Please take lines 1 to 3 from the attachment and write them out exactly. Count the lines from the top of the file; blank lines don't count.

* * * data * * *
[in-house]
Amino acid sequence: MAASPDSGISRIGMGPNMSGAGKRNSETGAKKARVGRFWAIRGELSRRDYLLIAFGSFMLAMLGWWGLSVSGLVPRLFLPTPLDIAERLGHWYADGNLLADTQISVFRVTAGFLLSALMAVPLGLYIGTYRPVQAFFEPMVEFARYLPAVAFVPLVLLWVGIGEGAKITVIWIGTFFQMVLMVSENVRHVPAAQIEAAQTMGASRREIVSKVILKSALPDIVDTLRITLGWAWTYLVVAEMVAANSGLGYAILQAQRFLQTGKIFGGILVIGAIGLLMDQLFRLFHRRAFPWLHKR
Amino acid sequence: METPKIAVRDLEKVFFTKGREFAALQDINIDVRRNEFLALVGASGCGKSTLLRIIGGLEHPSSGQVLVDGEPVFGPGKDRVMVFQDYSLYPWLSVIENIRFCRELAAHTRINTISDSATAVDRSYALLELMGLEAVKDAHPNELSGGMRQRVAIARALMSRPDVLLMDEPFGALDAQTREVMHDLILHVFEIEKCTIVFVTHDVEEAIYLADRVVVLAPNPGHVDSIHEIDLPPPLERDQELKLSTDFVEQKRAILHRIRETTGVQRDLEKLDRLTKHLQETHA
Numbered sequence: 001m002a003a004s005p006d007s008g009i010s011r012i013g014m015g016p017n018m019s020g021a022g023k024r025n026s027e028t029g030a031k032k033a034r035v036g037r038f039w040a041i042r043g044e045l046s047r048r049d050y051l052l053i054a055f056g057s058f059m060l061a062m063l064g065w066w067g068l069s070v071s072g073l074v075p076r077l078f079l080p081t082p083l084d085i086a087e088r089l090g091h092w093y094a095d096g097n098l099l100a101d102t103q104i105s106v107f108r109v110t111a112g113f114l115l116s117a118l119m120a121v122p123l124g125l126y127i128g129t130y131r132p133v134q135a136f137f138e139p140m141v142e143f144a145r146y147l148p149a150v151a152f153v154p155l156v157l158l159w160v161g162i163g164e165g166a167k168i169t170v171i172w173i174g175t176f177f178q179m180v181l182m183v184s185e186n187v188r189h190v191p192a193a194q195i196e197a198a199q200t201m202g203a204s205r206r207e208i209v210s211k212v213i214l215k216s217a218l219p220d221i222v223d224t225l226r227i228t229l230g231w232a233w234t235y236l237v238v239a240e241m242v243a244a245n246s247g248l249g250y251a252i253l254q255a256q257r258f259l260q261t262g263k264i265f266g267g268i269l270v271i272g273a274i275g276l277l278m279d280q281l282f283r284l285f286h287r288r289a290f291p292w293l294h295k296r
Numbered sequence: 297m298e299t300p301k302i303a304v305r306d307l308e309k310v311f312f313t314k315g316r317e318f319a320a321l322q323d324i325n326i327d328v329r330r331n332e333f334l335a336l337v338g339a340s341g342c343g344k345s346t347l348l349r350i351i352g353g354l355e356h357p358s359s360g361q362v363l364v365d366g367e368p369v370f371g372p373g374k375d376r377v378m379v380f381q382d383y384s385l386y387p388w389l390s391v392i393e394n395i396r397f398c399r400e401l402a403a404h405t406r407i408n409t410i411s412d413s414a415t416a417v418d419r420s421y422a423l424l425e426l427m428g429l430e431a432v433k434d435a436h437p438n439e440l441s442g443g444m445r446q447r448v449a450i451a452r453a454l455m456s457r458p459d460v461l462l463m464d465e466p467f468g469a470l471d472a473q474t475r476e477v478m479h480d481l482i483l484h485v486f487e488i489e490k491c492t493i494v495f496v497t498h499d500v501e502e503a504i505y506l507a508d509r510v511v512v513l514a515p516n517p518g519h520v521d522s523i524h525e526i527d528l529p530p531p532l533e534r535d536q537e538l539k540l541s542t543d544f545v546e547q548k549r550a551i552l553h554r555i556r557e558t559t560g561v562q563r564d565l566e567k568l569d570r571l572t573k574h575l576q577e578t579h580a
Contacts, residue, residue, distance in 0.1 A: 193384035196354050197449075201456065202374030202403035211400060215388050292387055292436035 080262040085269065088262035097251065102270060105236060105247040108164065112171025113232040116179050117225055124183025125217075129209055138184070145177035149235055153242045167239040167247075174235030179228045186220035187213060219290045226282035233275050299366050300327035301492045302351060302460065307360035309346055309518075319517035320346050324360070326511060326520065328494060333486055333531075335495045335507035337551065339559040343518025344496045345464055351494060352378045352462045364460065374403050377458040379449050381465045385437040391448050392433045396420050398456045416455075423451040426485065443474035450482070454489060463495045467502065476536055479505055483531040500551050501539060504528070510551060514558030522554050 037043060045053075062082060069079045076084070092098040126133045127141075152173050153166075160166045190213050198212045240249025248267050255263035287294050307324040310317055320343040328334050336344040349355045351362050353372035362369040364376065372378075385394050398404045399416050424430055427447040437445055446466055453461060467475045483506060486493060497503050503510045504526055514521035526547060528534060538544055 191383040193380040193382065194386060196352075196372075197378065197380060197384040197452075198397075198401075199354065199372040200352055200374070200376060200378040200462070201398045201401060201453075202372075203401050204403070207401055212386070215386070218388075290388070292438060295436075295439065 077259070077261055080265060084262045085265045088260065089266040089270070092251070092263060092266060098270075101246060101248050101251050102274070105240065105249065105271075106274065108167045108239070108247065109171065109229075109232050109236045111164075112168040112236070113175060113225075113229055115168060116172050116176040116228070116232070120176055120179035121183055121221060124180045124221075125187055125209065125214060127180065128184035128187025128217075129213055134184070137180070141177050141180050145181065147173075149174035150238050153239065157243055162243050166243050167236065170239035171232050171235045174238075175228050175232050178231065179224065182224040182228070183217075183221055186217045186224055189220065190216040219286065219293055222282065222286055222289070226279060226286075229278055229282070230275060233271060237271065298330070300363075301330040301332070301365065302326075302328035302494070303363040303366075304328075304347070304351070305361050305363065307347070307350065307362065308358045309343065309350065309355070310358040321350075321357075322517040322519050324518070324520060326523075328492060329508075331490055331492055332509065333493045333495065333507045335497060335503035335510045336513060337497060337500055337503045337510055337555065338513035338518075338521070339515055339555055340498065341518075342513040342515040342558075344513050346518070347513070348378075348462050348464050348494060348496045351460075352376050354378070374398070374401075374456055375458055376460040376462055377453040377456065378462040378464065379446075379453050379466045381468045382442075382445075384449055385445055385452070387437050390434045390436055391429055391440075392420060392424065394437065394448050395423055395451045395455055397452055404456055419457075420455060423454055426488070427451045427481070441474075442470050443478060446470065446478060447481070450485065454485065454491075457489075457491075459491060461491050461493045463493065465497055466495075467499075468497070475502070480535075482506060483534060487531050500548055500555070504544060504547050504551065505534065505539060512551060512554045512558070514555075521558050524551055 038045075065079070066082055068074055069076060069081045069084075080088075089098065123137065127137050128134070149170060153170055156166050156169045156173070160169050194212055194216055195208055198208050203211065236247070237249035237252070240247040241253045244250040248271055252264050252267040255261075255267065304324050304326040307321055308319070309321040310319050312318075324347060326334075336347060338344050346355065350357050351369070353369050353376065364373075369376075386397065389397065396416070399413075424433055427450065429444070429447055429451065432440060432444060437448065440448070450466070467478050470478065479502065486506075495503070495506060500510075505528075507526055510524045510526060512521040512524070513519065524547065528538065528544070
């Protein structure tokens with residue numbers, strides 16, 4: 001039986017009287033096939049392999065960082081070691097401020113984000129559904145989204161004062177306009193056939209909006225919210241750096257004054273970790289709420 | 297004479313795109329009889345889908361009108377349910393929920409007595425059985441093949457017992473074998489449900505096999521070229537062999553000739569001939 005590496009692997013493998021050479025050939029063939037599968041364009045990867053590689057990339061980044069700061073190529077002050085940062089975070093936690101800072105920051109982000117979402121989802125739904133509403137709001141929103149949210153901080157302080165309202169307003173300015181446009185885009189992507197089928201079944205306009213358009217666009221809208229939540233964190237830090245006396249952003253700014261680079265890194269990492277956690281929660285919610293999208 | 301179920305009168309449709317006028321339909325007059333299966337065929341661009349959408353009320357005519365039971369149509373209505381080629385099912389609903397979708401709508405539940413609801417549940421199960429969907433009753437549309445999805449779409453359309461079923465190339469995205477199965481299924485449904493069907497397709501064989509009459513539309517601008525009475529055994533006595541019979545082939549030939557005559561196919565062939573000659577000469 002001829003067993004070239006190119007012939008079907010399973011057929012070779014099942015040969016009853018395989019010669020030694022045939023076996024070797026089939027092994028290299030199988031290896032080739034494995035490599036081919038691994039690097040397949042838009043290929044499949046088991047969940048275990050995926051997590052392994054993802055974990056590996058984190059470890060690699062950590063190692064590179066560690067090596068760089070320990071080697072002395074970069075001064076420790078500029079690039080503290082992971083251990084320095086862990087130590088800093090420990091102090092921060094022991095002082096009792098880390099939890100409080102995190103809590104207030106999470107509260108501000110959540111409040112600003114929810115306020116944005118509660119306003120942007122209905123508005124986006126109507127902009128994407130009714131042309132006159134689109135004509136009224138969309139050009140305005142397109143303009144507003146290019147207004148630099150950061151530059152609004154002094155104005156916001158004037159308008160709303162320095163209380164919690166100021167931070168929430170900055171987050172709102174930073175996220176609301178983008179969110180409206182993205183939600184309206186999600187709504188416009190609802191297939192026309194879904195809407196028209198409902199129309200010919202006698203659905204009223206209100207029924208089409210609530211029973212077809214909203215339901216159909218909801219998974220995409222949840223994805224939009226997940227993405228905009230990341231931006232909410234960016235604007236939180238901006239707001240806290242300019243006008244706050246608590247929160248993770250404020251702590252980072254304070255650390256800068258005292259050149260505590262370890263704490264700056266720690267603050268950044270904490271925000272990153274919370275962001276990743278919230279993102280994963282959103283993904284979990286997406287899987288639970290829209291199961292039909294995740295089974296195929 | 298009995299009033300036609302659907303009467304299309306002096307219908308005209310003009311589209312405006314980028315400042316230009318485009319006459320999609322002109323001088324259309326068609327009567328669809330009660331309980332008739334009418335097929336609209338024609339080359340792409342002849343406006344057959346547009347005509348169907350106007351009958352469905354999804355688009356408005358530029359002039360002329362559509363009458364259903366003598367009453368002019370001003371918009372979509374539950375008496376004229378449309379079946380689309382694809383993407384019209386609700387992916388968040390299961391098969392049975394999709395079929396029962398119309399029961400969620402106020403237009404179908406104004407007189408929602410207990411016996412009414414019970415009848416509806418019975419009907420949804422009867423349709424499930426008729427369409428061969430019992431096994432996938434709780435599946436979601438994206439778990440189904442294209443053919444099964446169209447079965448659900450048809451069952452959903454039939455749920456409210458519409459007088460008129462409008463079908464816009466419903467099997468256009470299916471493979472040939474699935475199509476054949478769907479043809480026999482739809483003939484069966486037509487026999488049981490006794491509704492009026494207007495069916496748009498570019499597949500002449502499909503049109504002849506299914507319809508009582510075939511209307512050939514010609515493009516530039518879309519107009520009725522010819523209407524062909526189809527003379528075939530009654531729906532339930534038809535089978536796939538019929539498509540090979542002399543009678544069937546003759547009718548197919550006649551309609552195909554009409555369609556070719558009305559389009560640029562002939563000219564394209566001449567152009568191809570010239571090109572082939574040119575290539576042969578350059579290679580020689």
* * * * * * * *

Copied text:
[in-house]
Amino acid sequence: MAASPDSGISRIGMGPNMSGAGKRNSETGAKKARVGRFWAIRGELSRRDYLLIAFGSFMLAMLGWWGLSVSGLVPRLFLPTPLDIAERLGHWYADGNLLADTQISVFRVTAGFLLSALMAVPLGLYIGTYRPVQAFFEPMVEFARYLPAVAFVPLVLLWVGIGEGAKITVIWIGTFFQMVLMVSENVRHVPAAQIEAAQTMGASRREIVSKVILKSALPDIVDTLRITLGWAWTYLVVAEMVAANSGLGYAILQAQRFLQTGKIFGGILVIGAIGLLMDQLFRLFHRRAFPWLHKR
Amino acid sequence: METPKIAVRDLEKVFFTKGREFAALQDINIDVRRNEFLALVGASGCGKSTLLRIIGGLEHPSSGQVLVDGEPVFGPGKDRVMVFQDYSLYPWLSVIENIRFCRELAAHTRINTISDSATAVDRSYALLELMGLEAVKDAHPNELSGGMRQRVAIARALMSRPDVLLMDEPFGALDAQTREVMHDLILHVFEIEKCTIVFVTHDVEEAIYLADRVVVLAPNPGHVDSIHEIDLPPPLERDQELKLSTDFVEQKRAILHRIRETTGVQRDLEKLDRLTKHLQETHA